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Photo: Lars Daniel Terkelsen

Aviation

Ask the pilot: How do pilots follow the lines on the ground?

How fast can a plane actually fly? Does it always take the most straightforward route? When do the aircraft get a rest? And what does it take to actually fly one? The people with the answers are the SAS pilots.

Hi. I’ve always wondered how pilots can follow the lines on the ground at the airport. Is there a camera in the nose of the plane?

 

– On taxiways, there are yellow lines marking the center of the taxiway. It’s important to keep the nose wheel on this line at all times so that the main wheels stay on the taxiway.

When we taxi, we know where the taxiway markings should be relative to cues we have in the cockpit. On the Airbus A330, for example, we align the border between two instruments with the yellow taxi line in front of the aircraft to keep the nose wheel centered on the line. Turns on a taxiway are a bit more challenging because the nose wheel is located behind the cockpit. If you want to make a 90° turn onto another taxiway, the cockpit has to go a few meters past the exit before the turn is initiated.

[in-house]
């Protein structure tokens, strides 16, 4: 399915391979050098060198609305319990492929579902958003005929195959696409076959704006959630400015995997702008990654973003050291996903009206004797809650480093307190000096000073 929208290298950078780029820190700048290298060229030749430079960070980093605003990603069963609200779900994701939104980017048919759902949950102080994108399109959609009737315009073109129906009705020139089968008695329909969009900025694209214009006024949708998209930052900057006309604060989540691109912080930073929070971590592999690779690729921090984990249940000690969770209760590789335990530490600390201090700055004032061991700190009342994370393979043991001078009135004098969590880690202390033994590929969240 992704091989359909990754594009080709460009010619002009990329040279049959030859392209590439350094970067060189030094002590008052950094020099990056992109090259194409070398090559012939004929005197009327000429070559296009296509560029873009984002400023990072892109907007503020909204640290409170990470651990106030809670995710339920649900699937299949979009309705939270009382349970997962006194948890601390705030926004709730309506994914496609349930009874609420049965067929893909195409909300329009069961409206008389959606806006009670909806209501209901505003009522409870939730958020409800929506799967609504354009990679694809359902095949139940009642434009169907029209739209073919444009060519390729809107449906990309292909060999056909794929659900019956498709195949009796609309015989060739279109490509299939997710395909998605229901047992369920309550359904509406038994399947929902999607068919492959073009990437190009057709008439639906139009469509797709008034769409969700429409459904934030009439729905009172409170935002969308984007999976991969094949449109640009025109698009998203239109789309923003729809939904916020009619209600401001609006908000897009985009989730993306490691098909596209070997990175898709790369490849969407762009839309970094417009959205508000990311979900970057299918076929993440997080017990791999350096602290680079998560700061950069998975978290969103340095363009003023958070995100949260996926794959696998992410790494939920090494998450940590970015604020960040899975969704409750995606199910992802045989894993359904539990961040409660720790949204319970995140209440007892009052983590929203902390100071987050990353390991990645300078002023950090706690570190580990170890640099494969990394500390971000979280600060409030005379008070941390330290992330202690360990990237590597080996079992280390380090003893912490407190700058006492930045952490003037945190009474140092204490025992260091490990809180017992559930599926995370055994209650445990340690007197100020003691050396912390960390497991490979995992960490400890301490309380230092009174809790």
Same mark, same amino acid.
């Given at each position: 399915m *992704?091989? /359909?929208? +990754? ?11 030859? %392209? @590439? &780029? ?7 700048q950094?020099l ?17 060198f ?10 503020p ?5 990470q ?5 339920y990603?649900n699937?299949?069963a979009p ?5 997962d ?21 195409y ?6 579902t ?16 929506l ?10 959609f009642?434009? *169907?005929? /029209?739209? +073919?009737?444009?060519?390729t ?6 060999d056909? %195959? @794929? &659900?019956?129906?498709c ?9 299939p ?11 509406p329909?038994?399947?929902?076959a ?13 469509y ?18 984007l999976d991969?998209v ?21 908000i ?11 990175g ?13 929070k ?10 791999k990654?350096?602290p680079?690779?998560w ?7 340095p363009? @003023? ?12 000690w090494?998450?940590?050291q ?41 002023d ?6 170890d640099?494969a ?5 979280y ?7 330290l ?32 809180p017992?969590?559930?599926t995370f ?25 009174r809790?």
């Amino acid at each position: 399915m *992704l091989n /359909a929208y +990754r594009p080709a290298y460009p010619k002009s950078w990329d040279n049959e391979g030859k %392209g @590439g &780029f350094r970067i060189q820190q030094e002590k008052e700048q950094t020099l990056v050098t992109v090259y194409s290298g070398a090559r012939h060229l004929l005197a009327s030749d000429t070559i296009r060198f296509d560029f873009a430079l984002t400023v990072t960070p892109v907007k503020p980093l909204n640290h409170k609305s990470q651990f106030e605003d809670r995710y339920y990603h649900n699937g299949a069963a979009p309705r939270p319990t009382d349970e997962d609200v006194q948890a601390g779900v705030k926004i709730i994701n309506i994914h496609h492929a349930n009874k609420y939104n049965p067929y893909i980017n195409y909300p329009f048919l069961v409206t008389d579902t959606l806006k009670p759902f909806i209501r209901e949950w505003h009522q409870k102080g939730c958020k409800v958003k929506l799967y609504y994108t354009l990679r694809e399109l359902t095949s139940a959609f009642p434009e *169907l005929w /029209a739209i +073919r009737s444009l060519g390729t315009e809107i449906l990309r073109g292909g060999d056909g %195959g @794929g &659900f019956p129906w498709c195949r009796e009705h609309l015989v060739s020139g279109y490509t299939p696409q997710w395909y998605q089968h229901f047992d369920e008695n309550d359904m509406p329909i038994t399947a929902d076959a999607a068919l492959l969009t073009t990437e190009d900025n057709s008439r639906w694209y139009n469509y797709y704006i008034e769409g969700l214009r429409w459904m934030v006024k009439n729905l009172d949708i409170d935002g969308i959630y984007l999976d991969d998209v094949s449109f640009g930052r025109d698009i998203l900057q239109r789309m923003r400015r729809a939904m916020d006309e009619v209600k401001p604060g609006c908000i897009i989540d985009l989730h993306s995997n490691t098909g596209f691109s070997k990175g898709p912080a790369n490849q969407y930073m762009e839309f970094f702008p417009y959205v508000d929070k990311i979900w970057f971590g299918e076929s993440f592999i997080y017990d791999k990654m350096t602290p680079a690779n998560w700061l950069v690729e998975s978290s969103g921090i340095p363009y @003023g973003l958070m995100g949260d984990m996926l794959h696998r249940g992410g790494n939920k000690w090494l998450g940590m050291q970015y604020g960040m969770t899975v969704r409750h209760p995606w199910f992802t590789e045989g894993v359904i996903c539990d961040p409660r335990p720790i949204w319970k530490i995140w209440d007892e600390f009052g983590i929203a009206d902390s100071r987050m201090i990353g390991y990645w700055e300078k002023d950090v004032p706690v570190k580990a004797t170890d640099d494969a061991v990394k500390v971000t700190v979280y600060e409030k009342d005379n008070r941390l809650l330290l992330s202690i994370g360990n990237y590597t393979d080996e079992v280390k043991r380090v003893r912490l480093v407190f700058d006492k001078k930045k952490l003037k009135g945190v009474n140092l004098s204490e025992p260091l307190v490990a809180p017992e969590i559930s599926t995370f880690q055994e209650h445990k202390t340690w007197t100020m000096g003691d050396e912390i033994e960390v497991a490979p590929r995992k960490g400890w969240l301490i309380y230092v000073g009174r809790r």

Steering on the ground is achieved by turning the nose wheel, either by a tiller wheel in the cockpit or by using the rudder pedals. When taxiing, aircraft move slowly to reduce the risk of nose wheel damage. A slow speed also ­ensures a quick stop if necessary. Taxi speed is usually 10 to 20 knots (18–37km/h).

When the aircraft appro­aches the parking position, external guidance is usually provided by a visual docking system.

Some newer aircraft, like the Airbus A350 and Boeing 777, have cameras mounted on or near the nose gear that can provide video to the cockpit. This makes it possible to see what’s going on underneath the cockpit, for example, if the pushback truck is connected, but it also helps us taxi more precisely.

Marie Stridh,
Flight Captain

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